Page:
The Cancer Policy Research Centre (CPRC)
The Cancer Policy Research Centre (CPRC) commissions and conducts translatable research on lifestyles and behaviours that are associated with cancer which supports policies to prevent cancer.
Our mission is to provide high quality research evidence that supports the development of policy to promote healthy living and improving the environments that support health.
Our vision is a healthier population who avoid more preventable cancers.
The Centre is headed by Dr Jyotsna Vohra and sits within the Cancer Prevention Department in our Policy and Information Directorate and is part of the Cancer Prevention Initiative.
The centre will also attempt to consider health inequalities in all work as appropriate. The PRCP seeks to conduct between five and eight pieces of research per year over the next four years to inform key policy in the areas of cancer prevention.
- Identify the evidence gaps and carry out work that is responsive to them (evidence synthesis, evaluations and modelling)
- Ensure that the work is high quality, targeted and translatable policy research
- Promote key interventions that will lead to a healthier lifestyle overall
- Consider inequalities in all work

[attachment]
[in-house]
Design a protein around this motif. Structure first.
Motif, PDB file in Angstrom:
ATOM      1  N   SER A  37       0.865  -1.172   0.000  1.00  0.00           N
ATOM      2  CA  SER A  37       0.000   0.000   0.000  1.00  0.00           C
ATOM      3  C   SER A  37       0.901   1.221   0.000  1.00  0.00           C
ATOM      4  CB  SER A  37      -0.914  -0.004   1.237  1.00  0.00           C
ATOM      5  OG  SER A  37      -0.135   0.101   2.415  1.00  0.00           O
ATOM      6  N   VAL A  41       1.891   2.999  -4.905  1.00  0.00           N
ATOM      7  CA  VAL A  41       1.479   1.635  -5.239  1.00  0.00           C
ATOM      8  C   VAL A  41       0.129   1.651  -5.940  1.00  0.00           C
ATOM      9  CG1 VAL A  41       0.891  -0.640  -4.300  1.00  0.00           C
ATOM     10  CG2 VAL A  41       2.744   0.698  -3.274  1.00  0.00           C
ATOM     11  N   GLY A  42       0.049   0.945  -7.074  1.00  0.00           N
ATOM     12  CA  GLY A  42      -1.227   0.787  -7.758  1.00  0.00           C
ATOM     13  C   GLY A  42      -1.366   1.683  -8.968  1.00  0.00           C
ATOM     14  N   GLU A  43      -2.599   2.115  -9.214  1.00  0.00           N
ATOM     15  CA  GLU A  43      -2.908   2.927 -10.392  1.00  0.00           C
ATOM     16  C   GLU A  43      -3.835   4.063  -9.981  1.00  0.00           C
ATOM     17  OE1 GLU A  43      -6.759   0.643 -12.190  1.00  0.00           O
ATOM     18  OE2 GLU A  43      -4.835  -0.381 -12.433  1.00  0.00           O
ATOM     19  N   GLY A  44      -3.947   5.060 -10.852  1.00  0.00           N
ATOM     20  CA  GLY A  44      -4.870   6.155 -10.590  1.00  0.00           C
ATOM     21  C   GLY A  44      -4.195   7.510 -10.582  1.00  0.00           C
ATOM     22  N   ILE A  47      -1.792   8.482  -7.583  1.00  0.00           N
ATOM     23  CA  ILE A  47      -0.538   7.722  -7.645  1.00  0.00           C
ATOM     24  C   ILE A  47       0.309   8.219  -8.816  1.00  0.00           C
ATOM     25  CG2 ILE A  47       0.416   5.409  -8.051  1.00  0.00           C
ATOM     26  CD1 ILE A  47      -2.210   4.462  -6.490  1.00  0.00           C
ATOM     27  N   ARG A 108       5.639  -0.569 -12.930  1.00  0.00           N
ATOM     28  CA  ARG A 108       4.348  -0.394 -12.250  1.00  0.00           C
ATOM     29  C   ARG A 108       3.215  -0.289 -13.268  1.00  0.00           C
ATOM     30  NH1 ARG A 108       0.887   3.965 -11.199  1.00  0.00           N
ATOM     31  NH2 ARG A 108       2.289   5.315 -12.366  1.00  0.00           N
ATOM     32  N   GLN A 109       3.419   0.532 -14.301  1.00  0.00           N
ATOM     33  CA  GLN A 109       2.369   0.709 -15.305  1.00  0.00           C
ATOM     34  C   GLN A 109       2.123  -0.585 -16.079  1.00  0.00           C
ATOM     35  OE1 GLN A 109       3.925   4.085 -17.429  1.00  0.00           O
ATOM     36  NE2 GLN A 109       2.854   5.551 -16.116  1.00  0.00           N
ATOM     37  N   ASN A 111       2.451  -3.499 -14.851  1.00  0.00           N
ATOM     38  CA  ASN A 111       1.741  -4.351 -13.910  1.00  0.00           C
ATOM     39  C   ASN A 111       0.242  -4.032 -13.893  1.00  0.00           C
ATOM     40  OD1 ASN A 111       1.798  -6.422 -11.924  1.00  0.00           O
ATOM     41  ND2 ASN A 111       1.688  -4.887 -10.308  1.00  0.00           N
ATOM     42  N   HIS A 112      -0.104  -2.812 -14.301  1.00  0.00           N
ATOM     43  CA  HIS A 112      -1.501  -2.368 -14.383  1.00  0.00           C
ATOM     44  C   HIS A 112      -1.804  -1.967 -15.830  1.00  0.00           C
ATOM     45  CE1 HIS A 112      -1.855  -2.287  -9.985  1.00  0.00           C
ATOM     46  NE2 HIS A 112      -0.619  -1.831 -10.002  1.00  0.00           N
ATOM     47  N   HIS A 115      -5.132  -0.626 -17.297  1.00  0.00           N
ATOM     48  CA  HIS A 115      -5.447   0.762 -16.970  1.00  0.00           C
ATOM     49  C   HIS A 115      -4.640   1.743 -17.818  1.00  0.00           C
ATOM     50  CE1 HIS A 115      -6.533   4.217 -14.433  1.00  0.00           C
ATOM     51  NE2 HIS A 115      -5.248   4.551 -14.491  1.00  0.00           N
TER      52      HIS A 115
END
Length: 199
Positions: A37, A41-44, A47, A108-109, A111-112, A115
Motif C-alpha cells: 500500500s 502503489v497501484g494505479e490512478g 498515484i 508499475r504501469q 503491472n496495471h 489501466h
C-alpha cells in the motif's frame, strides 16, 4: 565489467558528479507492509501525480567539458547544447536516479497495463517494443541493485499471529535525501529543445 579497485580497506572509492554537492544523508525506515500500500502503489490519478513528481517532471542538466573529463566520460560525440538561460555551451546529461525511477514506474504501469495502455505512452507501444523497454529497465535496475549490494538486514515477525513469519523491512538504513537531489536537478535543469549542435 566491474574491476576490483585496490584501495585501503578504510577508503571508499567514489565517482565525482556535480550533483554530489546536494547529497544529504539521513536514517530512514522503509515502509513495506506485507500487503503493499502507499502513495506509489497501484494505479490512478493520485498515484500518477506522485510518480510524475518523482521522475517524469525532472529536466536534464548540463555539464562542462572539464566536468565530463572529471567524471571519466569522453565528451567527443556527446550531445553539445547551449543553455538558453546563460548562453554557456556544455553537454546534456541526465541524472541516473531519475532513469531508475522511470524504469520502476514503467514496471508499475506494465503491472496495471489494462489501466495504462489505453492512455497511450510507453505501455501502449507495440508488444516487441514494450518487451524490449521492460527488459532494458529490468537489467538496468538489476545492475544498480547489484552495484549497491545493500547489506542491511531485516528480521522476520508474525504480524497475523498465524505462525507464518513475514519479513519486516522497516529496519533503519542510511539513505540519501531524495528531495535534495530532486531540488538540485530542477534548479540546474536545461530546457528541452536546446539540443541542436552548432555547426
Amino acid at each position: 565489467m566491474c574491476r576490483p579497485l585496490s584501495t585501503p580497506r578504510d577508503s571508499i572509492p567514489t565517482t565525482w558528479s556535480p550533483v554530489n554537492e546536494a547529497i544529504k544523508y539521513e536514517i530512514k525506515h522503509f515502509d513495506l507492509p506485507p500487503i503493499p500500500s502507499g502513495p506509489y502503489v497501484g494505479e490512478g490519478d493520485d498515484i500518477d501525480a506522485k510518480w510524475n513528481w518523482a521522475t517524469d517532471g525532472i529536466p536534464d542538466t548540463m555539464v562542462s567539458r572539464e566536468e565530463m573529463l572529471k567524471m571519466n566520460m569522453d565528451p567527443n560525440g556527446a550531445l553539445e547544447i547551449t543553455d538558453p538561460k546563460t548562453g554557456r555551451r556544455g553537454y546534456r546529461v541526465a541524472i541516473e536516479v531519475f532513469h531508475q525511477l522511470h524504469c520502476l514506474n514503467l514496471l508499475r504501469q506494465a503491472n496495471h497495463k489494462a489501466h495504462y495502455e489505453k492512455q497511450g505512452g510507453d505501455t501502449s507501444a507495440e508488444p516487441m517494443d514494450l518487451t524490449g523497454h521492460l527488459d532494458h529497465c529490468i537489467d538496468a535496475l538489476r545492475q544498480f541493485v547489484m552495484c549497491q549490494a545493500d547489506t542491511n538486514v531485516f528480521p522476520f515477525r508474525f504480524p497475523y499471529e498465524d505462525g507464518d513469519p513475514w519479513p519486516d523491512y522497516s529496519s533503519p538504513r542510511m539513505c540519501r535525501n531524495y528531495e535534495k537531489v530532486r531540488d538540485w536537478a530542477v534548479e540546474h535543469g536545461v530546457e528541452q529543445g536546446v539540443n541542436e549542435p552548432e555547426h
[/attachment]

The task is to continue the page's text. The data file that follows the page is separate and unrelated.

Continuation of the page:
- Ensure sustainability of prevention policy research at CRUK
Research is addressing the effects of standard packaging and Primary Care cessation services, and inequalities surrounding cessation services. The Tobacco Advisory Group commissions new research surrounding tobacco including on e-cigarettes and heat not burn products.
Research is addressing the influence of marketing exposure of unhealthy food and drinks; particularly to young people, awareness of the link between obesity and health, and the role of primary care services and prevention messaging for obesity.
Diet has been addressed through projects, as can be seen below. Current research is also addressing links between marketing exposure and impacts upon the diet of young people, with additional projects addressing the effects of the sugary drink industry levy.
Research is addressing the effect of marketing on children and young people’s consumption, brand recognition and its impact on choice and consumption, awareness of the link between alcohol and cancer, knowledge on guidelines, and the use and referral to alcohol cessation services.
Physical activity has also been identified as a lifestyle risk factor. The center is planning future research into this risk factor.
Sun exposure has also been identified as a lifestyle risk factor. The center is planning future research into this risk factor.